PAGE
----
The affordable-housing developers under investigation by a Miami federal grand jury for allegedly defrauding the U.S. government out of tax subsidies have contributed generously to politicians who in many cases had a say in funding the builders’ projects.
The bulk of the campaign contributions from the Carlisle Development Group, its senior executives and their myriad corporate entities, as well as a Fort Lauderdale building contractor, have gone to candidates in Miami-Dade County, where the developers have built many of their low-income rental apartments using public subsidies.
Carlisle, its executives Matthew Greer and Lloyd Boggio, their family members and other business associates, and builder Michael Runyan of BJ&K Construction Services, contributed more than $68,000 over the past decade to Miami-Dade candidates and their political committees, campaign-finance records show.
Most of those donations went to candidates for mayor and county commission. The administration recommends potential projects, which are ultimately approved by the board.
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Greer is the son of Evelyn Greer, a former Miami-Dade School Board member and former Pinecrest mayor, and Bruce Greer, president of Fairchild Tropical Botanic Garden’s board of trustees.
Though the developers have also worked in Broward, their contributions to politicians there appear to be limited. Broward commissioners also give final approval to funding for affordable-housing projects, but the county has less money to go around than Miami-Dade, which collects a unique surtax on real-estate transfers to fund the developments.
The developers under investigation also contributed regularly to campaigns in the city of Miami, where the mayor and commissioners play a partial role in appointing committee members who approve public loans for affordable-housing projects. The companies and executives have contributed more than $21,000 to city candidates and their political committees over the past five years.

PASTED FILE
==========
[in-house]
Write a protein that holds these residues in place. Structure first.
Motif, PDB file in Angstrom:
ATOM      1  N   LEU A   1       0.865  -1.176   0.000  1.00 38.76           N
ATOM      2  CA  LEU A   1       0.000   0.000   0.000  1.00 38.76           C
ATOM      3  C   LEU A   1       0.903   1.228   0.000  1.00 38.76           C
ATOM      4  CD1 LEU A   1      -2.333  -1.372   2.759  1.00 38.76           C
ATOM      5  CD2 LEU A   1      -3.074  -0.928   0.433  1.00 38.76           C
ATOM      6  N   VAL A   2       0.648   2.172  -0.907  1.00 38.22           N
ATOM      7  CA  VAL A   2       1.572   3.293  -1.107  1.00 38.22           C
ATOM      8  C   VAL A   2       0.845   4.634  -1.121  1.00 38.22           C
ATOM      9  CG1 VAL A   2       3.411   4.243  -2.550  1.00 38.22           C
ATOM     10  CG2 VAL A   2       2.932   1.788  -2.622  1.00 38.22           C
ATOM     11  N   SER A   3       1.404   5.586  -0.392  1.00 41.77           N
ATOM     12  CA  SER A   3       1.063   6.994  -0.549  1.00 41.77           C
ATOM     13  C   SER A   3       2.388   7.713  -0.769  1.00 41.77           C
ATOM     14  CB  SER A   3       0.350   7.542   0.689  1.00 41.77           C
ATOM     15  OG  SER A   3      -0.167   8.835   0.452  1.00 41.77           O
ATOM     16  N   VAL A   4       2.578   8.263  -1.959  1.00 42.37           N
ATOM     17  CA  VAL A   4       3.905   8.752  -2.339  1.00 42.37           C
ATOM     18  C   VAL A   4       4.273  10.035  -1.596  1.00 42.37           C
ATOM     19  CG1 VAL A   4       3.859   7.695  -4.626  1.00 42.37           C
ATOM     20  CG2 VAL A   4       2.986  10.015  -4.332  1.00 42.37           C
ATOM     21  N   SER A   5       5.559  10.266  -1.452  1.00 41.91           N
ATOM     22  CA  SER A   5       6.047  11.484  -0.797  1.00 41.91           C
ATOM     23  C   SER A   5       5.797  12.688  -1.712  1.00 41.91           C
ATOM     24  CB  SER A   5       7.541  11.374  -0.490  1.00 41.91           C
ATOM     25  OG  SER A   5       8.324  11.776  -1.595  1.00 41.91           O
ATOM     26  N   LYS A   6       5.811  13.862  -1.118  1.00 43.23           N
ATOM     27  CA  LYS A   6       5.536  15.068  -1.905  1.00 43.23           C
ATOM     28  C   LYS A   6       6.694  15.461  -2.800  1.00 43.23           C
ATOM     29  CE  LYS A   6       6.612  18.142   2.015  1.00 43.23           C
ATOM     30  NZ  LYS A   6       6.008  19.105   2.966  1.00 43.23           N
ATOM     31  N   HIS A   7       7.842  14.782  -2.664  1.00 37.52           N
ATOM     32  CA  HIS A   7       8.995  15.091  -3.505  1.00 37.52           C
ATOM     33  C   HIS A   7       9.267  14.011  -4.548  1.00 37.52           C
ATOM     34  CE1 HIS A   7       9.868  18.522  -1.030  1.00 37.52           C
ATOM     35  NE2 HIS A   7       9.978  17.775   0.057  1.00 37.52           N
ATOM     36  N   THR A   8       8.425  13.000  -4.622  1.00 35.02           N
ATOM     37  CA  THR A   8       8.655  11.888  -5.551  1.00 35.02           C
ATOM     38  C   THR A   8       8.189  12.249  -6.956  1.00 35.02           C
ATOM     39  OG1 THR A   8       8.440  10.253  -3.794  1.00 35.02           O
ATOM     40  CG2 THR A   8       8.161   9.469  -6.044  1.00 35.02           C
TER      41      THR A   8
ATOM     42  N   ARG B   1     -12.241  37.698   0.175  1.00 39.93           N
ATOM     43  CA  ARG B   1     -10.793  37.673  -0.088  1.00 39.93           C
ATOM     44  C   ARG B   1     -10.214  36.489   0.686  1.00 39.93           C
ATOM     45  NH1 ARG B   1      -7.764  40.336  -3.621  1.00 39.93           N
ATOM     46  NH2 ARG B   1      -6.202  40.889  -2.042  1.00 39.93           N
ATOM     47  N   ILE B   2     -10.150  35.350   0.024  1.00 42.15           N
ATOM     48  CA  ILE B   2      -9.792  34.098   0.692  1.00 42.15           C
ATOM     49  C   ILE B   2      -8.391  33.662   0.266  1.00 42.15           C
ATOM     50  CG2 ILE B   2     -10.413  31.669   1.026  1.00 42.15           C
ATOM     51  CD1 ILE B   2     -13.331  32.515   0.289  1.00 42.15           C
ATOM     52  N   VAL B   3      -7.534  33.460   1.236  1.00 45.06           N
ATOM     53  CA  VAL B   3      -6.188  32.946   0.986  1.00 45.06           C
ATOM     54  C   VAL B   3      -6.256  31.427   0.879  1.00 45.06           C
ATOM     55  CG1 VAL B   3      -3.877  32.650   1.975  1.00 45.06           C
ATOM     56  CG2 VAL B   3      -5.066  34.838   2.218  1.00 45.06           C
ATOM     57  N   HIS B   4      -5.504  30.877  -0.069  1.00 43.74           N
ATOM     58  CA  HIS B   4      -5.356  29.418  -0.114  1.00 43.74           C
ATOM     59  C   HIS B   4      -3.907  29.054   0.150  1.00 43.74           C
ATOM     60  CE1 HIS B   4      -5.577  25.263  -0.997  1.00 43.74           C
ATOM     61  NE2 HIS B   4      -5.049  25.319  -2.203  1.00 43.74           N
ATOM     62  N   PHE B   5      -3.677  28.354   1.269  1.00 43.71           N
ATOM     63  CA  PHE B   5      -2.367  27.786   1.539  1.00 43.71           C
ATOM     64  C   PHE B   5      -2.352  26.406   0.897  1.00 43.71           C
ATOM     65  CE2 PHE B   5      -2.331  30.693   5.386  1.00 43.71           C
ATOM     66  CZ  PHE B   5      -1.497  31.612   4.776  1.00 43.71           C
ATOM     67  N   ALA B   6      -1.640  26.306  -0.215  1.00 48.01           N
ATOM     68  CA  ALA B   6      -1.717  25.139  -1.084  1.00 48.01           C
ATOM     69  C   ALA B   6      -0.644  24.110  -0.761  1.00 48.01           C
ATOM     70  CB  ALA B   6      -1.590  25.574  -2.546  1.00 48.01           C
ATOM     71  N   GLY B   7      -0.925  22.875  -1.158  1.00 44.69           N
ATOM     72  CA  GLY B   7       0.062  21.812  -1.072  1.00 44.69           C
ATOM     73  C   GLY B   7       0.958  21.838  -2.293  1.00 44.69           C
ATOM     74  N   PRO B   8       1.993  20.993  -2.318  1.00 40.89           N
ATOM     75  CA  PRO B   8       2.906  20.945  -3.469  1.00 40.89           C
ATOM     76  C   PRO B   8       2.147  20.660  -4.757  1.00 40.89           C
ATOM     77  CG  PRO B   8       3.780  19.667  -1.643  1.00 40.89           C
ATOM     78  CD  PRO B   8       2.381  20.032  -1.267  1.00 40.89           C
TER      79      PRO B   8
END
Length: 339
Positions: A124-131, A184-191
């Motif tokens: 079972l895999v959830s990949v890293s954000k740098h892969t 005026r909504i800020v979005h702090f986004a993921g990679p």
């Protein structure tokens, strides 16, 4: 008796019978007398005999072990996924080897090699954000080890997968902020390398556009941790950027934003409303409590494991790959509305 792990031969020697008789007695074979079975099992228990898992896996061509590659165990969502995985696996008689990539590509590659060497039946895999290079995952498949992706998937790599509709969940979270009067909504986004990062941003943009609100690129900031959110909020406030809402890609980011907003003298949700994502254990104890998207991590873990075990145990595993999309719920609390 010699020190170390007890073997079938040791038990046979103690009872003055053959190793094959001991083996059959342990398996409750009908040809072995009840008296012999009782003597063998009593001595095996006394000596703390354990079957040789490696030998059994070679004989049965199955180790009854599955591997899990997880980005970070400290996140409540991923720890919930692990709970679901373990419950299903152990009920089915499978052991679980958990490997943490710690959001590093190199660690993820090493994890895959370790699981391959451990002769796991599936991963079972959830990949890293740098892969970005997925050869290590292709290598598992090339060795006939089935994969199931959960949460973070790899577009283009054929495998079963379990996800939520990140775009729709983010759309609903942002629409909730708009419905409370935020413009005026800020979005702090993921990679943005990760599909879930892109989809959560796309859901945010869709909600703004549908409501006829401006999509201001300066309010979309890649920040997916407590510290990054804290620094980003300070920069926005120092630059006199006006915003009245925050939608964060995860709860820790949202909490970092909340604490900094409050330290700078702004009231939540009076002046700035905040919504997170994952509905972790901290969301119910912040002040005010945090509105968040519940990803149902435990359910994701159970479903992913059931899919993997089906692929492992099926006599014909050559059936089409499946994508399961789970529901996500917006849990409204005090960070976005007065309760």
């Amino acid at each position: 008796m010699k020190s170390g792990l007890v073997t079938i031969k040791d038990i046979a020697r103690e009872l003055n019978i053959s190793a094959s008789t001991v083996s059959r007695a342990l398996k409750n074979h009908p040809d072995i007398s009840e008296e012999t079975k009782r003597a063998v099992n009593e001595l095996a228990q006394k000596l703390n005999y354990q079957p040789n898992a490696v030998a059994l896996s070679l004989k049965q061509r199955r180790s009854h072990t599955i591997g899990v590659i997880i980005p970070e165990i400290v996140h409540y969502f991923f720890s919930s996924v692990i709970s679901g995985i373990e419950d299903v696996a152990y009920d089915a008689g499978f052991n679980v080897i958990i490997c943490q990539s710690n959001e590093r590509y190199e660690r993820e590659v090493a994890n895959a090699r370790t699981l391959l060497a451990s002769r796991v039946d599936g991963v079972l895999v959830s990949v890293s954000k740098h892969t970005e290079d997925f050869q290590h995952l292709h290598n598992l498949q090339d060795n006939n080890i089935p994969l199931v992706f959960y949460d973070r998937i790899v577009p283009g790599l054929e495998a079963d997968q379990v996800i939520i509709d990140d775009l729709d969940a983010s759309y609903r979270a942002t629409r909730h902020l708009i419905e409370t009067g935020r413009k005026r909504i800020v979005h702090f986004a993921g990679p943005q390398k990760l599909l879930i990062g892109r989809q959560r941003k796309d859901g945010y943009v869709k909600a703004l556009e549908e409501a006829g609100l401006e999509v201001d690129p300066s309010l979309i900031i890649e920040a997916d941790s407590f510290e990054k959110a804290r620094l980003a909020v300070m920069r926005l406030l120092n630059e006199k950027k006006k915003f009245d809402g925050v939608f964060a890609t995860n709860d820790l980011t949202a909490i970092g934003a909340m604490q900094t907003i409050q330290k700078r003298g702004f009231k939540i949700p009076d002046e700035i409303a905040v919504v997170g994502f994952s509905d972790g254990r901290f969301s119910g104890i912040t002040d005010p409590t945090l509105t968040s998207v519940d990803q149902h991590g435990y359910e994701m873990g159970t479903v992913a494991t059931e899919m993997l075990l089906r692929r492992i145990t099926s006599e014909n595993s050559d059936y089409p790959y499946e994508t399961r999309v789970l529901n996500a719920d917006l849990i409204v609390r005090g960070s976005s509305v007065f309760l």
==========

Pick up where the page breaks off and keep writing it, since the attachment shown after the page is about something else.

City commissioners sign off on 10 of 13 members to the city’s housing and commercial loan committee, which approves financing for the projects. The mayor and city administrators appoint the remaining members.
The committee, created in 1998, “was designed to take the politics out of the process,” said Alfredo Duran, deputy director of the city’s community and economic development department.
A grand jury subpoena issued in January and obtained by The Miami Herald lists Carlisle and its development entities, along with Matthew Greer, Boggio and Runyan, in connection with the criminal investigation. Prosecutors suspect Carlisle of padding construction costs to obtain more tax credits, sources familiar with the probe said.
The subpoena seeks records for two Carlisle projects built by Runyan’s company in Miami’s Allapattah and Little Haiti neighborhoods. Both low-income rental-apartment buildings, Amber Garden and Villa Patricia, were partially financed by low-interest, multimillion-dollar loans from the city and county governments.
In Miami-Dade, no politician received more in contributions from the developers than Commissioner Audrey Edmonson, whose district includes Amber Garden, Villa Patricia and several other Carlisle projects.
Edmonson has received more than $19,800 in contributions since 2006 — $11,000 alone as she campaigned for reelection last year. Many of the contributions were made at a fundraiser Carlisle held last year, Edmonson said. Records show the contributions came from more than a dozen corporate entities.
“They have built projects in my district, the same as other developers,” she added. “I’m very appreciative of what they’ve raised for me.”
Edmonson said the political support from Carlisle doesn’t translate into votes on the dais for the company. “They bid for their projects,” she said. “Normally our votes always go with the mayor’s recommendation.”
The single largest contribution went to Mayor Carlos Gimenez’s political committee, Common Sense Now, which received $10,000 from Biscayne Housing Group — a Carlisle partner also named in the subpoena — in 2011. BJ&K Construction also contributed nearly $9,000 to the committee between 2010 and 2012.
In Miami, the biggest beneficiary of the developers’ political largesse was Commissioner Michelle Spence-Jones, whose district overlaps with much of Edmonson’s district. Spence-Jones has received $6,500 since 2008. In the nearly two years she was out of office fighting legal battles, her temporary replacement, the Rev. Richard P. Dunn II, received more than $4,400.
The single largest contribution went to Commissioner Francis Suarez’s political committee, The Future is Now, which received $2,500 from Carlisle last year. Suarez is running this year against Mayor Tomás Regalado, who received $2,750 from the developers in 2009.
Miami Herald staff writer Jay Weaver contributed to this report.
This article has been updated to clarify that Edmonson said Carlisle held a fundraiser for her last year but she did not say more than a dozen of the developer's corporate entities contributed to her campaign. That information came from public records.